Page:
I counted, recently, due to a conversation with a new friend. I have moved at least once a year since graduating college in the winter of 2012. Tally the relocations up with me:
To Jackson Lake Lodge dorms – 1 (roommate tally 4)
To the First Chair apartments in Vail – 2 (roommate tally 7)
To the Grand Teton Gold and Tennis Club employee communal house – 3 (roommate tally 7)
To Building #2 (happily known as the party building, also the “sign an asbestos warning release” building) at the Tarnes apartments in Avon – 4 (roommate tally 10)
Pulling the typical millennial regression of moving back in with my parents. In my defense, I did pay at least a pro forma rent – 5 (roommate tally 10)
To Building #4 at the Tarnes. This one had washers and dryers on the actual premises! Also, sticky fingered roomies. – 6 (roommate tally 12)
To Apt. B. in Eagle-Vail. Private room, but no kitchen. Give and take. – 7 (roommate tally 12)
To Paradise Road in Park City – 8 (roommate tally 15)
By my count, that’s too many moves, too many strangers, and too many places where customizing the space to myself was never quite possible. Eight moves, five years, it’s no wonder that when I last took the health insurance mandated survey, it politely informed me that I had a stressful lifestyle and should consider moving less. This was back when the moves were part of my contract with the company providing the insurance, so I laughed in a slightly bitter fashion and ignored the advice. But after my last winter in Beaver Creek, I began considering more seriously how to settle.
I started out on this seasonal work road assuming that I would eventually find a place and people to settle down to, but even though I had the most connections and the longest lasting work placement in Avon, the thought of moving there was the opposite of relaxing. Similar to the finally considering the stark numbers that reflect my surprisingly nomadic life, when I was last asked how often I visited family and I said “about three times a year,” my own reply shocked and disappointed me. But the long drive from Colorado never feels practical on a two day weekend and while flying out from Denver takes about half as long, it costs about twice as much.
Still convinced that I wanted to stay with the company I’ve worked for since graduating, I looked into the possibilities of locations closer to Idaho and found employment relatively easily in Park City. It’s a similar little mountain town, with hiking trails out the backdoor and ski runs dotting the landscape. There’s a slightly more settled feel to it, with Salt Lake City only thirty minutes away and I was surprised by how many of my co-workers seem permanently fixed here, versus the transitory feel of the other towns I’ve been through in the past few years. I took a slight drop in responsibilities, which I felt was reasonable, since the restaurant is slightly finer dining than I have line-cooked in before, but I’m nearly seven weeks into the season and reminded that life as a line-cook becomes routine quickly. The chef has been kind enough to rotate me around through the stations, which helps keep the kitchen fresh and lets me see the processes and details of all the dishes on the menu. Four weeks in, however, he hadn’t yet started this program and working gardemanger during the slow summer season on a slow line in a restaurant with a clearly settled management team was making me think hard about settling here. It’s not that I have anything against taking a subordinate position in order to learn new skills and techniques, but four weeks in seemed a little early to be feeling stalled. So I browsed Craigslist and thought of all the new restaurants that were opening up in Idaho.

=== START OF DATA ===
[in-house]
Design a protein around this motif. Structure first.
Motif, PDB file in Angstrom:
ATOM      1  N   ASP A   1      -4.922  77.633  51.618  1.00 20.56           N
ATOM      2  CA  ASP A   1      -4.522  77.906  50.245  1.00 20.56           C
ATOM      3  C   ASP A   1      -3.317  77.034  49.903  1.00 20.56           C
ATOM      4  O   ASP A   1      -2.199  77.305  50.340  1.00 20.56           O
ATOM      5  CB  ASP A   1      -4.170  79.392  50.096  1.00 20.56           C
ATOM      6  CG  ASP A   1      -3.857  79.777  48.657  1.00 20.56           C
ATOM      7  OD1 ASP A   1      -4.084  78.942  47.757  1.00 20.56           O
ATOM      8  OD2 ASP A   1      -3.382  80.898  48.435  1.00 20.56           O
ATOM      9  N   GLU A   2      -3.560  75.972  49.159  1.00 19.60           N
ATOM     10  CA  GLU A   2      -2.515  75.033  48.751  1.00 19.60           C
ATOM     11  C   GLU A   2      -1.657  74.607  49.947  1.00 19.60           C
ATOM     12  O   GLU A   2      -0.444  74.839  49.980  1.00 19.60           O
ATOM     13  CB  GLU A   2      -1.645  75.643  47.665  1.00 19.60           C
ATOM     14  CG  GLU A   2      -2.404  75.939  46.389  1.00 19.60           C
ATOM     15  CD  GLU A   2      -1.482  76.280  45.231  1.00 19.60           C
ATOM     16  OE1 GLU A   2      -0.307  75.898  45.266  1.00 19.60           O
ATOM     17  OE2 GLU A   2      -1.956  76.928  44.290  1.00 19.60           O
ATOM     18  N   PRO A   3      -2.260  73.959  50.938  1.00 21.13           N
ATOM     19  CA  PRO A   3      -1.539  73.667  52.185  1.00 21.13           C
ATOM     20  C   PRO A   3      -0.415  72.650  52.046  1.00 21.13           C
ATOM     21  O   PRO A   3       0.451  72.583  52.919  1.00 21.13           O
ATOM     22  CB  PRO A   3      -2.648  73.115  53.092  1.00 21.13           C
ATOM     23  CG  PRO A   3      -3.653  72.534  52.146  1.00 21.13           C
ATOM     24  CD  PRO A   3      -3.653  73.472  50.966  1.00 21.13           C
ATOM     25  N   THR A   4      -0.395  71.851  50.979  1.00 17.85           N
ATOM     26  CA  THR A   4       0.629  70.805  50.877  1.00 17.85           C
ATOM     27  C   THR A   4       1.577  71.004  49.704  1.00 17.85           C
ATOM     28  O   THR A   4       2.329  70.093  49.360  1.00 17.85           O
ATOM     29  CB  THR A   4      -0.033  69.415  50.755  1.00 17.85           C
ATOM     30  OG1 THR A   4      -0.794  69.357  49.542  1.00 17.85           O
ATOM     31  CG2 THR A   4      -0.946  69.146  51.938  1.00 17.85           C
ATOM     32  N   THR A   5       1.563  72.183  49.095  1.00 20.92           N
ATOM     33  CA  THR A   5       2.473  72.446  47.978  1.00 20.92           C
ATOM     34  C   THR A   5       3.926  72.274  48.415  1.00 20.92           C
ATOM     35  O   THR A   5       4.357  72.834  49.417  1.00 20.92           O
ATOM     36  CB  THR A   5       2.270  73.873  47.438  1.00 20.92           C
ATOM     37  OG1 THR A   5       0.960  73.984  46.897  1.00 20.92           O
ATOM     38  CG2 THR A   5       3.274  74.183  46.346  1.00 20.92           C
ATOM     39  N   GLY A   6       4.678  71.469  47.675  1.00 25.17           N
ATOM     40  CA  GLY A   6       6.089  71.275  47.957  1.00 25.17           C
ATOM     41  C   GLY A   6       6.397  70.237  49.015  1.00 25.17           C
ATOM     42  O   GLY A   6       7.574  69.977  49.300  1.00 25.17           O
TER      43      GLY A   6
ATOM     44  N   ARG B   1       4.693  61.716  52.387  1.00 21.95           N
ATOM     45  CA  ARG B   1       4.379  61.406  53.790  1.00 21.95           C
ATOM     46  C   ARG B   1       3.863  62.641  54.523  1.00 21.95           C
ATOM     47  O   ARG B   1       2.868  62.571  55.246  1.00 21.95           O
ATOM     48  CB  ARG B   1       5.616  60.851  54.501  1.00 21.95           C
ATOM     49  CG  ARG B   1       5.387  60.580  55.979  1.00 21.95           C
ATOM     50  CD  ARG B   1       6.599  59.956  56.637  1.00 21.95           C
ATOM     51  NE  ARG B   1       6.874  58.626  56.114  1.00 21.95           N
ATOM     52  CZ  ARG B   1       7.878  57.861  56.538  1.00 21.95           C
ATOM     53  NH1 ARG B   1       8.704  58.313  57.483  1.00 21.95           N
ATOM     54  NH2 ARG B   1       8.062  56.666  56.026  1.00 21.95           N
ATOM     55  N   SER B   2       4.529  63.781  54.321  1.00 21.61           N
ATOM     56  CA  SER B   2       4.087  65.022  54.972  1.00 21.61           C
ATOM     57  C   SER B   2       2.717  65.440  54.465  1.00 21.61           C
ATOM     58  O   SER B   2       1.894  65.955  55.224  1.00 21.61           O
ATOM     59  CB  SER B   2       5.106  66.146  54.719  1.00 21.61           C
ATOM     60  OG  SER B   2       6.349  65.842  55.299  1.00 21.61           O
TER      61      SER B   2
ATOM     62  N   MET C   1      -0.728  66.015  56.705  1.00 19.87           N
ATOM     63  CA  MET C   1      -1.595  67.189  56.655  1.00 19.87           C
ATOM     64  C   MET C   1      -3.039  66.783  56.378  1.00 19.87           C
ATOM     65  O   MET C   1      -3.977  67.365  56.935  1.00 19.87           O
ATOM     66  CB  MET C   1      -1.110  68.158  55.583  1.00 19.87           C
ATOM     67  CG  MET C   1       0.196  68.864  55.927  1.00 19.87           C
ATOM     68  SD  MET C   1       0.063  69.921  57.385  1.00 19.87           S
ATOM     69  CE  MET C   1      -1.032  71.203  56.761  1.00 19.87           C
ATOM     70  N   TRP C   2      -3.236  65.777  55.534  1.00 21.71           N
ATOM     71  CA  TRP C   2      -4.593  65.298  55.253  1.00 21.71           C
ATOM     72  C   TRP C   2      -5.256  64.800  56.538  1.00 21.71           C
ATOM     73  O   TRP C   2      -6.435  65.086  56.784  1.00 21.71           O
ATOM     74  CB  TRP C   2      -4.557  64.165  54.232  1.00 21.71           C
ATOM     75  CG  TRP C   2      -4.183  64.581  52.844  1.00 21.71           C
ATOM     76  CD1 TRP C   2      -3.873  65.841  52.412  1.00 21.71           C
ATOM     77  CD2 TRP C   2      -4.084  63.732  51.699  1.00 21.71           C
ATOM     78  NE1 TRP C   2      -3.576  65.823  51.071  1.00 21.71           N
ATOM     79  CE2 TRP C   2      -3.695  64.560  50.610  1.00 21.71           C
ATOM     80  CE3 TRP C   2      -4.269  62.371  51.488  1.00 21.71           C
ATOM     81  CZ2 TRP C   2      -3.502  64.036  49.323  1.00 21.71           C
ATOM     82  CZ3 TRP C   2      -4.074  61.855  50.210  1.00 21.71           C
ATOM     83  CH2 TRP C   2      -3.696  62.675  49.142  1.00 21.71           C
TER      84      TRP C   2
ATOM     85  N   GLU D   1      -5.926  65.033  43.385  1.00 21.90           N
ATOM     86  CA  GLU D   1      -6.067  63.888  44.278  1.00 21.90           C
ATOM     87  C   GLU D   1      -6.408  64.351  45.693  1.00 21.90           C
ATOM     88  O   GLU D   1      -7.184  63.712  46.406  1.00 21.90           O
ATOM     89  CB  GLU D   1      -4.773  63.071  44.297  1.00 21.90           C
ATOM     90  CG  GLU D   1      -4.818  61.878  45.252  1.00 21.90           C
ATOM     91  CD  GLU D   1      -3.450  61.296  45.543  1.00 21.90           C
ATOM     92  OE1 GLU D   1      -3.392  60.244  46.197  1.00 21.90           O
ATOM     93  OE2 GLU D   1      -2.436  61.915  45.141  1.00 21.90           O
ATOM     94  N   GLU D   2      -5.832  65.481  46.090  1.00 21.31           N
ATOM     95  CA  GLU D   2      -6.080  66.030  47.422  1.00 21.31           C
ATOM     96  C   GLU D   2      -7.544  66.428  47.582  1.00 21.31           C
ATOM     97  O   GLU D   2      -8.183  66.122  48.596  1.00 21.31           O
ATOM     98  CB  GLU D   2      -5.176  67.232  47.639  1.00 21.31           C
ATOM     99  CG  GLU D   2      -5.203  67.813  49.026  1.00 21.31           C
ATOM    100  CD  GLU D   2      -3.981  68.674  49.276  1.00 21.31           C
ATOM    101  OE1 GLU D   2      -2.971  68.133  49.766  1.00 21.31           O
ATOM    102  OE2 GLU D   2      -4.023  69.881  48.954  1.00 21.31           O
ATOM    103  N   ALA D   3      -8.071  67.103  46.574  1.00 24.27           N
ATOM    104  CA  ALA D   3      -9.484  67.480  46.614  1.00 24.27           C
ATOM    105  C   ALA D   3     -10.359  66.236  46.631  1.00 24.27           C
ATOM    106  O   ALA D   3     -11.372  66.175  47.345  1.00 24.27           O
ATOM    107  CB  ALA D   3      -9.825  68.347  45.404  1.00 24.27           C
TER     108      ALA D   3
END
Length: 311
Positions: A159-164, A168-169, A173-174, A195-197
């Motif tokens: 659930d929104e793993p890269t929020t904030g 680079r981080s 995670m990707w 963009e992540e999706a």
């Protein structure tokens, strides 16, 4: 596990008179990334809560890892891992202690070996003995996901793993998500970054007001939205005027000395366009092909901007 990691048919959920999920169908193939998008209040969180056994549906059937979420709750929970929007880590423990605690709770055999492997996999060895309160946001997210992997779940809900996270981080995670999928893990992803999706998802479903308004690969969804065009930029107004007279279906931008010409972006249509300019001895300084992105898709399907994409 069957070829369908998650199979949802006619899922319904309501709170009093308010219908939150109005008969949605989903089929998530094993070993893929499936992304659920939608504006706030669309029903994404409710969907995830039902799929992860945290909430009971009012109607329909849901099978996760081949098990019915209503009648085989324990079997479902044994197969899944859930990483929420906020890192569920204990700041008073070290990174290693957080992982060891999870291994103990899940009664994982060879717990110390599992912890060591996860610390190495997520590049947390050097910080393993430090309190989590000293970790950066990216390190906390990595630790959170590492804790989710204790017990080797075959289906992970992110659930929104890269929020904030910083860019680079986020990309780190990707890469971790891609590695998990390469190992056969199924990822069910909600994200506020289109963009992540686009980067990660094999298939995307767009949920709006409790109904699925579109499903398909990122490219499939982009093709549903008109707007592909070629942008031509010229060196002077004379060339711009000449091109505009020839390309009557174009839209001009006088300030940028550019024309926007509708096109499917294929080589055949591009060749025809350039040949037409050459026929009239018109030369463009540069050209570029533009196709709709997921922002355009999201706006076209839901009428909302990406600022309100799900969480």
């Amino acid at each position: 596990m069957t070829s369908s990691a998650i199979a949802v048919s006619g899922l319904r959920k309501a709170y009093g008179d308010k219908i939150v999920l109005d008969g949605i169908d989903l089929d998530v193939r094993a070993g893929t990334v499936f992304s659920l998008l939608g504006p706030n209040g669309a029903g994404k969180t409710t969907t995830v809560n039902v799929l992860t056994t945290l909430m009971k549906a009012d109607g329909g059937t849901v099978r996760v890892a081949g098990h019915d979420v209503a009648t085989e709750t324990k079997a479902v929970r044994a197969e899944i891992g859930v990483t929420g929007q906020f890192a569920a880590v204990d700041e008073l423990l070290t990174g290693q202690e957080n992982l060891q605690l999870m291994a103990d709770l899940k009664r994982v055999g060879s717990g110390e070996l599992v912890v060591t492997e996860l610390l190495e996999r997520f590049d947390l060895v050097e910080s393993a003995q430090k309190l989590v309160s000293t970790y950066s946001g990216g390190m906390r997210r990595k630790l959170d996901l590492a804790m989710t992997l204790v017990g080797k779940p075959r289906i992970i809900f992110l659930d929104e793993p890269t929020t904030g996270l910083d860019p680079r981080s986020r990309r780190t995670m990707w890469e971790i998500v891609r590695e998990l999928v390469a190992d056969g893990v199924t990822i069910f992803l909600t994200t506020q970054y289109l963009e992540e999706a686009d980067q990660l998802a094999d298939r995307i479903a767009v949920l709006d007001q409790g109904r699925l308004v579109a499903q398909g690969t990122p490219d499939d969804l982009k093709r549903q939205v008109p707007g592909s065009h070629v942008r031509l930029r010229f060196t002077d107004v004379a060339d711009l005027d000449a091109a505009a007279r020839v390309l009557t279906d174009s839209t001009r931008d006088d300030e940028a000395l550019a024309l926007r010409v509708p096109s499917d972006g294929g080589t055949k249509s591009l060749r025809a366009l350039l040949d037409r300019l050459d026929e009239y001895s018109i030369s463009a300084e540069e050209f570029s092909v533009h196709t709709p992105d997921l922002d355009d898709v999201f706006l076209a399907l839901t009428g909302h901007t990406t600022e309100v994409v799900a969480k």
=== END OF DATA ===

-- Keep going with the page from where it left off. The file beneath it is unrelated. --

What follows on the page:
Then, just a few hours after my father reminded me that I did not sign a contract to stay for the full summer and could always give notice and move if a good opportunity was presenting itself, my former chef called from Colorado to ask my to apply for a sous chef position. Feeling guilty, after all the mentoring he had given me over the past few years, I regretfully told him I wasn’t willing to move back to Colorado. Then, in what felt a bit like twisting the knife, I asked him to give me a recommendation to his acquaintances in Idaho. They had come up before in conversation and he immediately agreed to send me their information. I was slightly shocked to see an email that afternoon sent to both me and his acquaintances that included a letter of recommendation and an introduction. I hadn’t planned on making the contact quite yet, with three months left on my summer lease and only a month of work beneath my belt to support it. Since things seemed to be on a roll, though, I followed up with an inquiry of my own and about a week later found myself filling out an application for a position in McCall, Idaho. Now I’m in discussions regarding housing and cats and dates of availability with chefs and recruiters. I’m still trying to stick the summer out here in Park City, but on the horizon, I can see the opportunity to settle. It’s been a longer migration than I had planned, but it seems to be coming full circle.